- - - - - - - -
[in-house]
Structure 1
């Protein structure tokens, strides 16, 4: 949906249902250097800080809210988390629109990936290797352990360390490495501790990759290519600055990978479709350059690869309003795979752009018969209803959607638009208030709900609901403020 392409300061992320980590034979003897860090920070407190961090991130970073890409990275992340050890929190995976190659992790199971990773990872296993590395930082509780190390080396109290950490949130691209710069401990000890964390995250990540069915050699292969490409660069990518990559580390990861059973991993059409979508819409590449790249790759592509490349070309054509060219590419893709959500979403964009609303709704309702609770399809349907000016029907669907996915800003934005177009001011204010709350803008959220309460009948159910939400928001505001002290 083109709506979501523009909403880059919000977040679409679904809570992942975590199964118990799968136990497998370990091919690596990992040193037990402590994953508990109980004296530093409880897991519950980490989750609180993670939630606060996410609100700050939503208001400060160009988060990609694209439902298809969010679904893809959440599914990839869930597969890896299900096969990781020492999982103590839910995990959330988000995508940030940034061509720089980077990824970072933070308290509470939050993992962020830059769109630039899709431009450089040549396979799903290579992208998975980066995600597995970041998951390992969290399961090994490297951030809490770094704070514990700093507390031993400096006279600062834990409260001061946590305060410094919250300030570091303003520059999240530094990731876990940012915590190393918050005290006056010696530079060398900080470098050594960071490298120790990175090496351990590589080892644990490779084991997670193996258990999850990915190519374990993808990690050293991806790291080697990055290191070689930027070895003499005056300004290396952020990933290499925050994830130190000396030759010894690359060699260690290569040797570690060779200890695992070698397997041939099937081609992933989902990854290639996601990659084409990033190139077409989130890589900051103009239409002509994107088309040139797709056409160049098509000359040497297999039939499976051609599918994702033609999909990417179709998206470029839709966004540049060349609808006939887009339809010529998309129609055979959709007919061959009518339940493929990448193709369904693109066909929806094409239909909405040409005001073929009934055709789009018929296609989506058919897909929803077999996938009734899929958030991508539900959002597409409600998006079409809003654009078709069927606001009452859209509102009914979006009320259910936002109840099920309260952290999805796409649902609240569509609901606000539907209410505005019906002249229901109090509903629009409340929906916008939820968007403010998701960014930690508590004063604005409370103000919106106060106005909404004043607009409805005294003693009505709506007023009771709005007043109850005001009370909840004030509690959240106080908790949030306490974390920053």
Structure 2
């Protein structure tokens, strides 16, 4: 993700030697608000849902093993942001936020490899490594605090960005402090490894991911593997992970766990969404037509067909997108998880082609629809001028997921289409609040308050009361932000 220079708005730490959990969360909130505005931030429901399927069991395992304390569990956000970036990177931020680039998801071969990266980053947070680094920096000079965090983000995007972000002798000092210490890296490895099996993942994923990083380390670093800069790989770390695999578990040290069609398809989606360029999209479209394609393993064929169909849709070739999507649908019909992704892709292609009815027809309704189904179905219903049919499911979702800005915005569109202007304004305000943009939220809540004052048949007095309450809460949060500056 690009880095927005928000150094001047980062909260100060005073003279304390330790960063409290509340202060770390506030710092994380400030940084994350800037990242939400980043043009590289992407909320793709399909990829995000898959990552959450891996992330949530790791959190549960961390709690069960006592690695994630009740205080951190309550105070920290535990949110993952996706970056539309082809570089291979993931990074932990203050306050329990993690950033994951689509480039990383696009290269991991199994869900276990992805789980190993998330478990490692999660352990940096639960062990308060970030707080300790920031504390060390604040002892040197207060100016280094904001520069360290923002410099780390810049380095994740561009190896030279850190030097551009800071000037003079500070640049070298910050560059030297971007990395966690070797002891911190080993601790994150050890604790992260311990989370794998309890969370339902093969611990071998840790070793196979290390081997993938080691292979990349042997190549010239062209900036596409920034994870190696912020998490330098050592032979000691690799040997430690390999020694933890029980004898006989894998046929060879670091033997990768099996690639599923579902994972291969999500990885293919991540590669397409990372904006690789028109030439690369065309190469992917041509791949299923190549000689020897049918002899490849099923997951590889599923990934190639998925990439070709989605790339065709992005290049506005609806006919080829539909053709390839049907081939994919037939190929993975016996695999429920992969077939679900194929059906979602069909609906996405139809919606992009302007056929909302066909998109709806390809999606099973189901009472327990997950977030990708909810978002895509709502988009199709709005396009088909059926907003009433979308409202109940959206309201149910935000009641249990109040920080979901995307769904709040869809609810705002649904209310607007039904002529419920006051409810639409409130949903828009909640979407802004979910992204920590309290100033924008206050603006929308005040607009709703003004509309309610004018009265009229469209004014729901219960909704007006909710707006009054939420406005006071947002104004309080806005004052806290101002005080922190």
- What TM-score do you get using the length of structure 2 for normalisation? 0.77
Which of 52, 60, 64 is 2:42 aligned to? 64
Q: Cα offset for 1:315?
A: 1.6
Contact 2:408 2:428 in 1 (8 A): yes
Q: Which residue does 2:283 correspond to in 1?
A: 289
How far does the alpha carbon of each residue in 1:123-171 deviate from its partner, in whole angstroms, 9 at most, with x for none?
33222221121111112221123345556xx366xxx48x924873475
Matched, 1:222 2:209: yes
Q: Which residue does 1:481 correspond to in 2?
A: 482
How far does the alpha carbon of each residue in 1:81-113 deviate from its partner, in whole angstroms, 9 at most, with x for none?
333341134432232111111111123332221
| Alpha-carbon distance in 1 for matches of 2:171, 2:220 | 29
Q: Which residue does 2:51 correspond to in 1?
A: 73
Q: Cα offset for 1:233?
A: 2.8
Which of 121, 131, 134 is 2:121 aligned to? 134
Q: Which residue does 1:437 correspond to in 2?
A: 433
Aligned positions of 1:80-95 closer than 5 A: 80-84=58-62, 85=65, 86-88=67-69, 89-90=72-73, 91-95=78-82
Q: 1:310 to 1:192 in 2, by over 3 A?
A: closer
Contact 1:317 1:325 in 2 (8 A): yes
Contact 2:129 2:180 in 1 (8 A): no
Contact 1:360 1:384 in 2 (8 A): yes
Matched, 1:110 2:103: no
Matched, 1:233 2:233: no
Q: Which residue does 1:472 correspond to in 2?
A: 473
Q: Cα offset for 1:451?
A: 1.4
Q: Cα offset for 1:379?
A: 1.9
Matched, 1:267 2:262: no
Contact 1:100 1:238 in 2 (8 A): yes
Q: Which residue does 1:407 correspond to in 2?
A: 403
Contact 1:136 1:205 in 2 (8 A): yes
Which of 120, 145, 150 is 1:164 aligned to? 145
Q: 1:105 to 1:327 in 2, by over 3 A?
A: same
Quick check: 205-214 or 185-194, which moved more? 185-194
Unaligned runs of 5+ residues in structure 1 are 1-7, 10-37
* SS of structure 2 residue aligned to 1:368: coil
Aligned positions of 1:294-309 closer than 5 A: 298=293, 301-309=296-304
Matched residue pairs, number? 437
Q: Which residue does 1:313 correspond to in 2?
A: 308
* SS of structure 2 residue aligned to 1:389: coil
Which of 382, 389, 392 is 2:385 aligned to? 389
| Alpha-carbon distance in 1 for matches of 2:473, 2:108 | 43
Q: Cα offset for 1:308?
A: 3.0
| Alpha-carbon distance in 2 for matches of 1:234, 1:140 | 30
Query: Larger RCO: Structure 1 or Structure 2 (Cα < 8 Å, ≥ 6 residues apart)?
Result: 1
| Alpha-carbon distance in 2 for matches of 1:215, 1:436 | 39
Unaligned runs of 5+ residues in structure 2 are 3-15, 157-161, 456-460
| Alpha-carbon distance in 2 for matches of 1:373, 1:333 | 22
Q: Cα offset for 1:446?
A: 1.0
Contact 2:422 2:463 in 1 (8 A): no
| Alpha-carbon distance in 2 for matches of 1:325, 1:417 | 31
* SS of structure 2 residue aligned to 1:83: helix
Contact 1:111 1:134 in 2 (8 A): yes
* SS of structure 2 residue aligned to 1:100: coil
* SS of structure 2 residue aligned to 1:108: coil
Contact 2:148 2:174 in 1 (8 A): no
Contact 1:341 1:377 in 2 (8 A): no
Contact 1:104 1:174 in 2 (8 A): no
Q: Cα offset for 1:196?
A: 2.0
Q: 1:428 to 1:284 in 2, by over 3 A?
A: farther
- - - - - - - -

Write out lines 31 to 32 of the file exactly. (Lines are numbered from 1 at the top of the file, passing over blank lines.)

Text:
Contact 1:317 1:325 in 2 (8 A): yes
Contact 2:129 2:180 in 1 (8 A): no